The US Secretary of State Michael R. Pompeo spoke with Afghanistan’s President Ashraf Ghani on Thursday and discussed the September 28 elections, according to a US State Dept. spokesperson.
Ghani tweeted about the conversation late Thursday night, saying:
“Pleased to have received a phone call from secretary Pompeo. We discussed elections over the weekend. And to ensure security for a big turn out. I expressed our gratitude for the United States' assistance in blood and treasure and reiterated our partnership for a stable #AFG.”
The US State Department’s summary of the call was more pointed:
“Secretary Michael R. Pompeo spoke with Afghanistan’s President Ghani today to underscore the United States’ expectation that the conduct of candidates and government institutions holding the Afghanistan election should be beyond reproach to ensure the legitimacy of the outcome.”
This comes as US Ambassador John Bass, also on Thursday, called out President Ashraf Ghani for neglecting to acknowledge US assistance, particularly USAID programs, during an interview the president gave with Radio Azadi, aired on Thursday evening.
“We are disappointed that President Ashraf Ghani has overlooked the excellent work of USAID and the details of our enduring partnership to improve the lives of Afghans throughout the country.”
The ambassador went on to tweet several photos calling attention to US programs, such as training for midwives and building up infrastructure in the energy sector.
Earlier in September both Secretary Pompeo and Ambassador Bass indirectly pressured Ghani during a widespread electricity shortage with a tweet by Bass calling out the National Procurement Authority for holding up approval of fuel contracts, followed by a shocking statement by Pompeo that the US would be withholding over $160 million in aid because of concerns about corruption in the Afghan government, referencing the NPA.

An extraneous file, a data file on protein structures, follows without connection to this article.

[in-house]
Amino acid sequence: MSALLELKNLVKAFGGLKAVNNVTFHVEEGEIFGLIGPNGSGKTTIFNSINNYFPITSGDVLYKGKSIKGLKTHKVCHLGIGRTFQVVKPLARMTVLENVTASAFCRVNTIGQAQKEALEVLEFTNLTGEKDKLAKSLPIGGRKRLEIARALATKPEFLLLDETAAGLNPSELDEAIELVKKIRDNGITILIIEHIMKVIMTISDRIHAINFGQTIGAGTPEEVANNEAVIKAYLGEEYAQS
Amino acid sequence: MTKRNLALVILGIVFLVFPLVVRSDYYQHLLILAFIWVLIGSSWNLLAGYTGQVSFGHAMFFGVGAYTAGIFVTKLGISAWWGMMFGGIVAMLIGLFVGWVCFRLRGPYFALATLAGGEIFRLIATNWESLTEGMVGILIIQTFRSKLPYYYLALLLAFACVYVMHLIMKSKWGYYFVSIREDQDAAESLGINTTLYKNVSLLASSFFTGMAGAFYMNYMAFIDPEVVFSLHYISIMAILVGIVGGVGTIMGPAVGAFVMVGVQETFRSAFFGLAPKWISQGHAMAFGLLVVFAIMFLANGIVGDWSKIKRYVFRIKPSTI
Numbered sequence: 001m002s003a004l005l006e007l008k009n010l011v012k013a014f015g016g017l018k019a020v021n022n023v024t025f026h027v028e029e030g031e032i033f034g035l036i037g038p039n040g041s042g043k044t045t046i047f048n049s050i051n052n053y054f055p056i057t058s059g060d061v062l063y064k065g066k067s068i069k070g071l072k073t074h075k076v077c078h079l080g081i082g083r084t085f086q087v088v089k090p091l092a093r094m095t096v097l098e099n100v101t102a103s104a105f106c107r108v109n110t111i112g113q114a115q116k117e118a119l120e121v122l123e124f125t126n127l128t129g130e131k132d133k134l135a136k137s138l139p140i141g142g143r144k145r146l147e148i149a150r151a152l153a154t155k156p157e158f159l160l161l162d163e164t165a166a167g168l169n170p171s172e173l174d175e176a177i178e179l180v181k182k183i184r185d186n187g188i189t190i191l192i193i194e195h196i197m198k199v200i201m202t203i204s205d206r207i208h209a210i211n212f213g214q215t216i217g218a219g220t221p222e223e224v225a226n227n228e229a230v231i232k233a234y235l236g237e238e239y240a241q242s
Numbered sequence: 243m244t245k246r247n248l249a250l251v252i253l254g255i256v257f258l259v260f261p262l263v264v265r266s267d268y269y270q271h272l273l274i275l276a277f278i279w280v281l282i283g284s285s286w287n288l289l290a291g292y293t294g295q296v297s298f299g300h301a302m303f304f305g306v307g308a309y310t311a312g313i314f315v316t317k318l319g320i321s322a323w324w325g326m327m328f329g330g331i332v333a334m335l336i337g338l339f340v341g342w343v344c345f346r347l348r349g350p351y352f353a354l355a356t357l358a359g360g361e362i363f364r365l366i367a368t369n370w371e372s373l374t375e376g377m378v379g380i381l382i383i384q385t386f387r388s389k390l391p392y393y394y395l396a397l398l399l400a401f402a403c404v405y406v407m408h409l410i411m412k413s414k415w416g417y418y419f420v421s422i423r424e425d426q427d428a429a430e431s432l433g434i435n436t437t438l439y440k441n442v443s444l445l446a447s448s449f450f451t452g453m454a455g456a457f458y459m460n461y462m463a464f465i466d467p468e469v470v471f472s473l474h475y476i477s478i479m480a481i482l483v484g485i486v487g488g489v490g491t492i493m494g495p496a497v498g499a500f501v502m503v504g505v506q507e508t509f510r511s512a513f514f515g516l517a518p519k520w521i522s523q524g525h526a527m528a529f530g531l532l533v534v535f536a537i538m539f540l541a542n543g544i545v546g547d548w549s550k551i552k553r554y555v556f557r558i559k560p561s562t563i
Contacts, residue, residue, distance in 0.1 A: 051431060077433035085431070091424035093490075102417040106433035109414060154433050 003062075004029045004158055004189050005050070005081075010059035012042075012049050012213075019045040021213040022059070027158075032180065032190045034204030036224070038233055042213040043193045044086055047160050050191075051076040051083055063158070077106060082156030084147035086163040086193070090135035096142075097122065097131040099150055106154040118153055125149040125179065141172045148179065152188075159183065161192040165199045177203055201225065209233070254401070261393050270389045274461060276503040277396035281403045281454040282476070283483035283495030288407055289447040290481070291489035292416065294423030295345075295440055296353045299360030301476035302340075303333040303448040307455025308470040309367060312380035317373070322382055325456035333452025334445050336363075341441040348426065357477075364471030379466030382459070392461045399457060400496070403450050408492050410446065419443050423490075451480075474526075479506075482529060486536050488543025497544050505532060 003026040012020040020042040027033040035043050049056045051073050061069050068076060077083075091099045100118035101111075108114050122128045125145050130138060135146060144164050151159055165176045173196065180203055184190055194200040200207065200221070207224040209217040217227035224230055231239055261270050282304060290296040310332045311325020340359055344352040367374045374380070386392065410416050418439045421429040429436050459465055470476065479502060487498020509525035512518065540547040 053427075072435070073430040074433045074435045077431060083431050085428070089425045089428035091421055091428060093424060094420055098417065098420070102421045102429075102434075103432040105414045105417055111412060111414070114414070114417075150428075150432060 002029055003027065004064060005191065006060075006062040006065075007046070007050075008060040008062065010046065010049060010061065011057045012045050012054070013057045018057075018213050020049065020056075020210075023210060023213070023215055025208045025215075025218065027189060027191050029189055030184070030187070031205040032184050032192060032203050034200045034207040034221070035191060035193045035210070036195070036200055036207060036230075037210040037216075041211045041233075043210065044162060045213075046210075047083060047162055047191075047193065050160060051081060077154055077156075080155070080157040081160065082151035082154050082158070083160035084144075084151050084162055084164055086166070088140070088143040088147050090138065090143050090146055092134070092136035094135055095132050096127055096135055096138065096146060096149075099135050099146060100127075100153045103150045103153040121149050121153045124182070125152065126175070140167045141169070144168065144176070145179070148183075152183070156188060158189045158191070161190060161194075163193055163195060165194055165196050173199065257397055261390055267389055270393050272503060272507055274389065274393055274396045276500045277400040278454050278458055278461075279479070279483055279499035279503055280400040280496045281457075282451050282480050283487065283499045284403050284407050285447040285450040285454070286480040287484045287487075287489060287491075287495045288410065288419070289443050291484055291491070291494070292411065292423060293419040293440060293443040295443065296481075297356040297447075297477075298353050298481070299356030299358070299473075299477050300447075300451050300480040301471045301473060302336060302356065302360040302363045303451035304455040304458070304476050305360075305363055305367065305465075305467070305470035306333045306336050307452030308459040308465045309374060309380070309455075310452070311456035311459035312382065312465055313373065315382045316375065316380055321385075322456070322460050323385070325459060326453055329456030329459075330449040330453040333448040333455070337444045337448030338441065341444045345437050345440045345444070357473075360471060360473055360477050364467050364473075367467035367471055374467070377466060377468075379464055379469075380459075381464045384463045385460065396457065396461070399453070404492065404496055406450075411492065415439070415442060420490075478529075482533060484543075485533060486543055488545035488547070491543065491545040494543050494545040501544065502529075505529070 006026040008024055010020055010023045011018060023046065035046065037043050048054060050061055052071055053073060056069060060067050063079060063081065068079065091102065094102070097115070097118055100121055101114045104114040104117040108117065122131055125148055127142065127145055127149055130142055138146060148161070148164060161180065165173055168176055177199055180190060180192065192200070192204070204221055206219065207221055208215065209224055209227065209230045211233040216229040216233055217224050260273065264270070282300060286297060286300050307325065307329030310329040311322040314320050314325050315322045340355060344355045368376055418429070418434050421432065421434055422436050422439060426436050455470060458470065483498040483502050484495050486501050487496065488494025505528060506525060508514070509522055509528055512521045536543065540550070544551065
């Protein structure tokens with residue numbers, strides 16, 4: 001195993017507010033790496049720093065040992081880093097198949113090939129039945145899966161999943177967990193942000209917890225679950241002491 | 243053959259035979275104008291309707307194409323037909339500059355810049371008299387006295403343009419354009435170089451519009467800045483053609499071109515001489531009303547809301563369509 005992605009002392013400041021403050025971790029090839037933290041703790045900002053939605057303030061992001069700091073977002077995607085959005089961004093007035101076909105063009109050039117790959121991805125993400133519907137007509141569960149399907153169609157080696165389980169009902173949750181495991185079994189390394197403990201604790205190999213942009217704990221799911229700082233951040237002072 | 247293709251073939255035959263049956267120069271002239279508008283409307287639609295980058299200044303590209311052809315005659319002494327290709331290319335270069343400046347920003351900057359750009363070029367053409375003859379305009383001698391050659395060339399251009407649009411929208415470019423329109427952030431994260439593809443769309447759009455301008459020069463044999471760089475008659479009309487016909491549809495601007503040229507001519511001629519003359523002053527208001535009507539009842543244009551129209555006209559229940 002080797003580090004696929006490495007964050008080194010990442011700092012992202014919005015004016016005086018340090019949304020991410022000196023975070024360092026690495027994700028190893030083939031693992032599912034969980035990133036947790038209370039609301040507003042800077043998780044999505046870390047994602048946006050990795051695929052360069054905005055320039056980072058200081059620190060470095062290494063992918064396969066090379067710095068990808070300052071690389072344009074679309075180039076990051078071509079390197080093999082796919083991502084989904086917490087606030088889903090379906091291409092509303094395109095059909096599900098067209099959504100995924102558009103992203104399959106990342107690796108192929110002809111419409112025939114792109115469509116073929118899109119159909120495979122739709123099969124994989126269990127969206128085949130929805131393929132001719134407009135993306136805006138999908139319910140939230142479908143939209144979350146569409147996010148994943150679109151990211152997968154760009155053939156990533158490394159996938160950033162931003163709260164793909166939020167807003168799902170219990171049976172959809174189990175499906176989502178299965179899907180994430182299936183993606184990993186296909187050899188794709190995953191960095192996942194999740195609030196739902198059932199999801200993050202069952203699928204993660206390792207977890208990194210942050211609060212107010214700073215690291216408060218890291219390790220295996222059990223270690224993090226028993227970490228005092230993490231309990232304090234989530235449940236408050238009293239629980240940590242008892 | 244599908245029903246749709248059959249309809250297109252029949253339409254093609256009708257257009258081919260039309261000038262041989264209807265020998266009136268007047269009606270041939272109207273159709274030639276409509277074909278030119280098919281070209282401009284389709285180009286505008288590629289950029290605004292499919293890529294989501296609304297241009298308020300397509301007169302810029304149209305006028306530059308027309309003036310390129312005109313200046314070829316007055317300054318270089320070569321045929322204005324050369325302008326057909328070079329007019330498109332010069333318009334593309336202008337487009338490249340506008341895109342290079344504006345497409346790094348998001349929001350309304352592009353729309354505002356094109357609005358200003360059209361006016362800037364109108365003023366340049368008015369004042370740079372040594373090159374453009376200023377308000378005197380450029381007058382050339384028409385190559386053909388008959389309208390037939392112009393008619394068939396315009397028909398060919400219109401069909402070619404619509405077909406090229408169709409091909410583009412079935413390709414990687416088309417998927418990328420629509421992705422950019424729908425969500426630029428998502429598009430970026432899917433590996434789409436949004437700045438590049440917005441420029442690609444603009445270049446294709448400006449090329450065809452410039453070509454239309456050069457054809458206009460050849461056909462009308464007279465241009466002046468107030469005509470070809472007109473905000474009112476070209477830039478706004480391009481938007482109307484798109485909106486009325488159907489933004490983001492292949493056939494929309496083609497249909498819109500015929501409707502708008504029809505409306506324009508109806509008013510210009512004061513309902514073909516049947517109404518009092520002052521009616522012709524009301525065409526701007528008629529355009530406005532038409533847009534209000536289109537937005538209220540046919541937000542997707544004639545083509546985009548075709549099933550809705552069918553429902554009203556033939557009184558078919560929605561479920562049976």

President Ghani has direct oversight of the NPA and, as a former finance minister, is intimately involved with the policies for approving and denying contracts, policies which have attracted deeper media scrutiny since Bass and Pompeo got involved.
Emboldened whistleblowers, such as Minister of Economy Dr. Mustafa Mastoor, have since publicly alleged that the mechanism for disbursing funds—or not disbursing funds—shunts large amount of money into slush funds with little or no transparency.
Ghani has publicly rejected these claims, stating that his policies regarding contracts saves money for Afghans by denying access to corrupt contractors.
But the current issue is about transparent elections, which, like the financial affairs of the nation, is fraught with allegations of foul play. For example, on Thursday Tolonews reported allegations of provincial governors in Daikundi, Paktia and other provinces being paid to support certain presidential campaigns—even in some instances to produce specific numbers of votes.
Afghan responses to US public leveraging of Ghani have been mixed, with some saying that the US should have publicly pressured the Afghan government sooner in its post-9/11 intervention, while others resent a lack of respect for Afghan sovereignty.
A young Afghan (judging by his profile), replied to Ashraf Ghani on twitter:
Dear President, today the us embassy directly interfered in our Internal affairs.
It is against all diplomatic rules.
We are independent country not under control of any country.
It is really shameful we are waiting for your action...